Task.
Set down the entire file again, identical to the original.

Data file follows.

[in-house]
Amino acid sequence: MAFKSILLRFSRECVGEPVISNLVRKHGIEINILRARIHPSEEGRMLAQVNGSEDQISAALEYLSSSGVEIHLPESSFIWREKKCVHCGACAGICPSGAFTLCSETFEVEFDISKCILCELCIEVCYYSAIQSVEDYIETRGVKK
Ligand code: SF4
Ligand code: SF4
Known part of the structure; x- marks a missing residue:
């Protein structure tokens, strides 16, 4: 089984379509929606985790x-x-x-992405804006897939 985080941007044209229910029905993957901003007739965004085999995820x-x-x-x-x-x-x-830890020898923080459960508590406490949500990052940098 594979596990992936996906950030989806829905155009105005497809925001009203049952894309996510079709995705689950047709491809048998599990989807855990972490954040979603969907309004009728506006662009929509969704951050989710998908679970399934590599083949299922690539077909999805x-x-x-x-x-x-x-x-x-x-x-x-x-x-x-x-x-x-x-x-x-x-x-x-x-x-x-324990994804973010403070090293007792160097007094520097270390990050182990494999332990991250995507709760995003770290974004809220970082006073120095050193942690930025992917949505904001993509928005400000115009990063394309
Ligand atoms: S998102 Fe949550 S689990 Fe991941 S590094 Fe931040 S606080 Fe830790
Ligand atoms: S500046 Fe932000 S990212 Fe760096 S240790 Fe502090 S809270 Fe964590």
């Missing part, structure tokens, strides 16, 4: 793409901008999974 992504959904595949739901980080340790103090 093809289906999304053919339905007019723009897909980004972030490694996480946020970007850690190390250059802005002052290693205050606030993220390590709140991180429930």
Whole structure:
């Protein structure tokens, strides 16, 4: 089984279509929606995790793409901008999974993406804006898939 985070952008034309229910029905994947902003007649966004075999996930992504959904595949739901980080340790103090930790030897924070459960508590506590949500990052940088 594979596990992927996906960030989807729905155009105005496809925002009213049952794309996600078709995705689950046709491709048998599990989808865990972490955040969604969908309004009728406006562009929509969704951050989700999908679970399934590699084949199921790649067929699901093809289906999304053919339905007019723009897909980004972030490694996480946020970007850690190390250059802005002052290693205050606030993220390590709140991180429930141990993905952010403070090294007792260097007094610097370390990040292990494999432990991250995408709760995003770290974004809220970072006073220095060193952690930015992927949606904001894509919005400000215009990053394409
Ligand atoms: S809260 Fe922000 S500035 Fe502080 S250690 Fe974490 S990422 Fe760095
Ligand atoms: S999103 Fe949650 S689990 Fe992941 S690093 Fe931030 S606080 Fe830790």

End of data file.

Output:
[in-house]
Amino acid sequence: MAFKSILLRFSRECVGEPVISNLVRKHGIEINILRARIHPSEEGRMLAQVNGSEDQISAALEYLSSSGVEIHLPESSFIWREKKCVHCGACAGICPSGAFTLCSETFEVEFDISKCILCELCIEVCYYSAIQSVEDYIETRGVKK
Ligand code: SF4
Ligand code: SF4
Known part of the structure; x- marks a missing residue:
């Protein structure tokens, strides 16, 4: 089984379509929606985790x-x-x-992405804006897939 985080941007044209229910029905993957901003007739965004085999995820x-x-x-x-x-x-x-830890020898923080459960508590406490949500990052940098 594979596990992936996906950030989806829905155009105005497809925001009203049952894309996510079709995705689950047709491809048998599990989807855990972490954040979603969907309004009728506006662009929509969704951050989710998908679970399934590599083949299922690539077909999805x-x-x-x-x-x-x-x-x-x-x-x-x-x-x-x-x-x-x-x-x-x-x-x-x-x-x-324990994804973010403070090293007792160097007094520097270390990050182990494999332990991250995507709760995003770290974004809220970082006073120095050193942690930025992917949505904001993509928005400000115009990063394309
Ligand atoms: S998102 Fe949550 S689990 Fe991941 S590094 Fe931040 S606080 Fe830790
Ligand atoms: S500046 Fe932000 S990212 Fe760096 S240790 Fe502090 S809270 Fe964590």
């Missing part, structure tokens, strides 16, 4: 793409901008999974 992504959904595949739901980080340790103090 093809289906999304053919339905007019723009897909980004972030490694996480946020970007850690190390250059802005002052290693205050606030993220390590709140991180429930």
Whole structure:
């Protein structure tokens, strides 16, 4: 089984279509929606995790793409901008999974993406804006898939 985070952008034309229910029905994947902003007649966004075999996930992504959904595949739901980080340790103090930790030897924070459960508590506590949500990052940088 594979596990992927996906960030989807729905155009105005496809925002009213049952794309996600078709995705689950046709491709048998599990989808865990972490955040969604969908309004009728406006562009929509969704951050989700999908679970399934590699084949199921790649067929699901093809289906999304053919339905007019723009897909980004972030490694996480946020970007850690190390250059802005002052290693205050606030993220390590709140991180429930141990993905952010403070090294007792260097007094610097370390990040292990494999432990991250995408709760995003770290974004809220970072006073220095060193952690930015992927949606904001894509919005400000215009990053394409
Ligand atoms: S809260 Fe922000 S500035 Fe502080 S250690 Fe974490 S990422 Fe760095
Ligand atoms: S999103 Fe949650 S689990 Fe992941 S690093 Fe931030 S606080 Fe830790």